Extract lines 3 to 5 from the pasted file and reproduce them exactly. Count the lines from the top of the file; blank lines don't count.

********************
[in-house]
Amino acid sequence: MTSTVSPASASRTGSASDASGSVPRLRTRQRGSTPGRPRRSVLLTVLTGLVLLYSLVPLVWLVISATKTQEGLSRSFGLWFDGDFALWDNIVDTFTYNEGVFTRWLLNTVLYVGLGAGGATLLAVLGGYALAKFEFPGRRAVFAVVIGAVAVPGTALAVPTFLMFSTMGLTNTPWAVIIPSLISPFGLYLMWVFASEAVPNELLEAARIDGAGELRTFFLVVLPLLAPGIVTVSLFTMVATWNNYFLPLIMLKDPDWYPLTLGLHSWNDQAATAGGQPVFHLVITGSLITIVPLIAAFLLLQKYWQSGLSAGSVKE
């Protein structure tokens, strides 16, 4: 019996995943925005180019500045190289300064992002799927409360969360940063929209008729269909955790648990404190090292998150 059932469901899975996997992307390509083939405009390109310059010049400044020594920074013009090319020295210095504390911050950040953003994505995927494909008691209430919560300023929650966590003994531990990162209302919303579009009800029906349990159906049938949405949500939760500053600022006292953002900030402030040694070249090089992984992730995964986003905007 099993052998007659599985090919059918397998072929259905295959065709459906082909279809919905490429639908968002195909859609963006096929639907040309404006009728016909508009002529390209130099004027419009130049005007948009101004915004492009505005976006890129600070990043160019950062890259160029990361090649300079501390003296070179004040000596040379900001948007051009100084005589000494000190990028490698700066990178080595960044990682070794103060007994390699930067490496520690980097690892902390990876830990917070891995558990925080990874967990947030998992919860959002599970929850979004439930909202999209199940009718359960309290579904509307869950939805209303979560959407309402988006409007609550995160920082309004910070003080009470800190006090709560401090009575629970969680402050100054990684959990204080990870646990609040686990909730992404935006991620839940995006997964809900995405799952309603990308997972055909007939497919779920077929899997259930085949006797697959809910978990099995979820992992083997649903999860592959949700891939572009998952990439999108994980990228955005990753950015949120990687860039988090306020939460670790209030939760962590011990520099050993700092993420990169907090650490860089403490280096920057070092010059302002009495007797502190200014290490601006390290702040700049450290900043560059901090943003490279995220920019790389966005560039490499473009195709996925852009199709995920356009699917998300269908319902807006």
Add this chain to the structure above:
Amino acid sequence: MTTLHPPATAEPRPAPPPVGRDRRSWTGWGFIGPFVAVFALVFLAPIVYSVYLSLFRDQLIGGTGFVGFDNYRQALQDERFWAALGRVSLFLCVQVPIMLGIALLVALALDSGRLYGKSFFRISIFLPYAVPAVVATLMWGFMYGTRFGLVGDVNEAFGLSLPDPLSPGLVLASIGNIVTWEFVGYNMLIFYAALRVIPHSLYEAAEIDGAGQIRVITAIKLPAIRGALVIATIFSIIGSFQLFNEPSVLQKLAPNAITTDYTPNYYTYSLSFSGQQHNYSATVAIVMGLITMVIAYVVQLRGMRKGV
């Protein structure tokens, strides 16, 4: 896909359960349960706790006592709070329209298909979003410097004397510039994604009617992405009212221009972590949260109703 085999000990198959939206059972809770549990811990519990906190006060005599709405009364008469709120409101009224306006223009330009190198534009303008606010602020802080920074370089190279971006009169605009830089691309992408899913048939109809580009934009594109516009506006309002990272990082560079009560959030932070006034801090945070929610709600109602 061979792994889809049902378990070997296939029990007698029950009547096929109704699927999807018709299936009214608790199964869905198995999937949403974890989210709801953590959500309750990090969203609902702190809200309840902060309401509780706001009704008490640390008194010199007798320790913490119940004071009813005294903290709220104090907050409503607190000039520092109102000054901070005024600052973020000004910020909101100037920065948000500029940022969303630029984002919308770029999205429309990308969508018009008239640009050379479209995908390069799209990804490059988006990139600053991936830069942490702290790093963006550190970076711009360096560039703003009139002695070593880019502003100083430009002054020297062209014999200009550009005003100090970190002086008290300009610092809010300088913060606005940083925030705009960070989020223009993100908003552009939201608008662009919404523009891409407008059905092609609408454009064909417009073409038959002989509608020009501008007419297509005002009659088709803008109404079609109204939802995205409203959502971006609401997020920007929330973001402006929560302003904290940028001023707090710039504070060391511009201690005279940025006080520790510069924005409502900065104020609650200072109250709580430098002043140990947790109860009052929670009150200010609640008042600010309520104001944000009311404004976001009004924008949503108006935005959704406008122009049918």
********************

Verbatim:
């Protein structure tokens, strides 16, 4: 019996995943925005180019500045190289300064992002799927409360969360940063929209008729269909955790648990404190090292998150 059932469901899975996997992307390509083939405009390109310059010049400044020594920074013009090319020295210095504390911050950040953003994505995927494909008691209430919560300023929650966590003994531990990162209302919303579009009800029906349990159906049938949405949500939760500053600022006292953002900030402030040694070249090089992984992730995964986003905007 099993052998007659599985090919059918397998072929259905295959065709459906082909279809919905490429639908968002195909859609963006096929639907040309404006009728016909508009002529390209130099004027419009130049005007948009101004915004492009505005976006890129600070990043160019950062890259160029990361090649300079501390003296070179004040000596040379900001948007051009100084005589000494000190990028490698700066990178080595960044990682070794103060007994390699930067490496520690980097690892902390990876830990917070891995558990925080990874967990947030998992919860959002599970929850979004439930909202999209199940009718359960309290579904509307869950939805209303979560959407309402988006409007609550995160920082309004910070003080009470800190006090709560401090009575629970969680402050100054990684959990204080990870646990609040686990909730992404935006991620839940995006997964809900995405799952309603990308997972055909007939497919779920077929899997259930085949006797697959809910978990099995979820992992083997649903999860592959949700891939572009998952990439999108994980990228955005990753950015949120990687860039988090306020939460670790209030939760962590011990520099050993700092993420990169907090650490860089403490280096920057070092010059302002009495007797502190200014290490601006390290702040700049450290900043560059901090943003490279995220920019790389966005560039490499473009195709996925852009199709995920356009699917998300269908319902807006």
Add this chain to the structure above:
Amino acid sequence: MTTLHPPATAEPRPAPPPVGRDRRSWTGWGFIGPFVAVFALVFLAPIVYSVYLSLFRDQLIGGTGFVGFDNYRQALQDERFWAALGRVSLFLCVQVPIMLGIALLVALALDSGRLYGKSFFRISIFLPYAVPAVVATLMWGFMYGTRFGLVGDVNEAFGLSLPDPLSPGLVLASIGNIVTWEFVGYNMLIFYAALRVIPHSLYEAAEIDGAGQIRVITAIKLPAIRGALVIATIFSIIGSFQLFNEPSVLQKLAPNAITTDYTPNYYTYSLSFSGQQHNYSATVAIVMGLITMVIAYVVQLRGMRKGV